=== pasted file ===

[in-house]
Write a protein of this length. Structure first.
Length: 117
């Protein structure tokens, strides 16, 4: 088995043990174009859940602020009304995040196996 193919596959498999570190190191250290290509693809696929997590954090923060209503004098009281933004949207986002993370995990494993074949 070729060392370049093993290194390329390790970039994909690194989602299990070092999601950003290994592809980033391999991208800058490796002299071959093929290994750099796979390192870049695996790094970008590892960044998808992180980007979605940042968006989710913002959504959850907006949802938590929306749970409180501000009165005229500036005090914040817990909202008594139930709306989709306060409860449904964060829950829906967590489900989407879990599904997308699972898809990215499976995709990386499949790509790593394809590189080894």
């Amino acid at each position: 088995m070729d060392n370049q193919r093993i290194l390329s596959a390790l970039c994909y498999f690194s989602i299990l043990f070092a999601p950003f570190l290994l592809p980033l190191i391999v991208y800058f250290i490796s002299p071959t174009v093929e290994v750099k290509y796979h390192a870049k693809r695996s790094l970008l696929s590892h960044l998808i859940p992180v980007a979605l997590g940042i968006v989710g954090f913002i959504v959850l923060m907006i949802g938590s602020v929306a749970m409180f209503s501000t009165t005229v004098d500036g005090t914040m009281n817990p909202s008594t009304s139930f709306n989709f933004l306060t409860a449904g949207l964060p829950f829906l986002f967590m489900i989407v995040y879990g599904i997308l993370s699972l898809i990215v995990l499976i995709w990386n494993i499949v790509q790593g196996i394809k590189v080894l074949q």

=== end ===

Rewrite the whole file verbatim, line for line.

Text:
[in-house]
Write a protein of this length. Structure first.
Length: 117
């Protein structure tokens, strides 16, 4: 088995043990174009859940602020009304995040196996 193919596959498999570190190191250290290509693809696929997590954090923060209503004098009281933004949207986002993370995990494993074949 070729060392370049093993290194390329390790970039994909690194989602299990070092999601950003290994592809980033391999991208800058490796002299071959093929290994750099796979390192870049695996790094970008590892960044998808992180980007979605940042968006989710913002959504959850907006949802938590929306749970409180501000009165005229500036005090914040817990909202008594139930709306989709306060409860449904964060829950829906967590489900989407879990599904997308699972898809990215499976995709990386499949790509790593394809590189080894």
């Amino acid at each position: 088995m070729d060392n370049q193919r093993i290194l390329s596959a390790l970039c994909y498999f690194s989602i299990l043990f070092a999601p950003f570190l290994l592809p980033l190191i391999v991208y800058f250290i490796s002299p071959t174009v093929e290994v750099k290509y796979h390192a870049k693809r695996s790094l970008l696929s590892h960044l998808i859940p992180v980007a979605l997590g940042i968006v989710g954090f913002i959504v959850l923060m907006i949802g938590s602020v929306a749970m409180f209503s501000t009165t005229v004098d500036g005090t914040m009281n817990p909202s008594t009304s139930f709306n989709f933004l306060t409860a449904g949207l964060p829950f829906l986002f967590m489900i989407v995040y879990g599904i997308l993370s699972l898809i990215v995990l499976i995709w990386n494993i499949v790509q790593g196996i394809k590189v080894l074949q």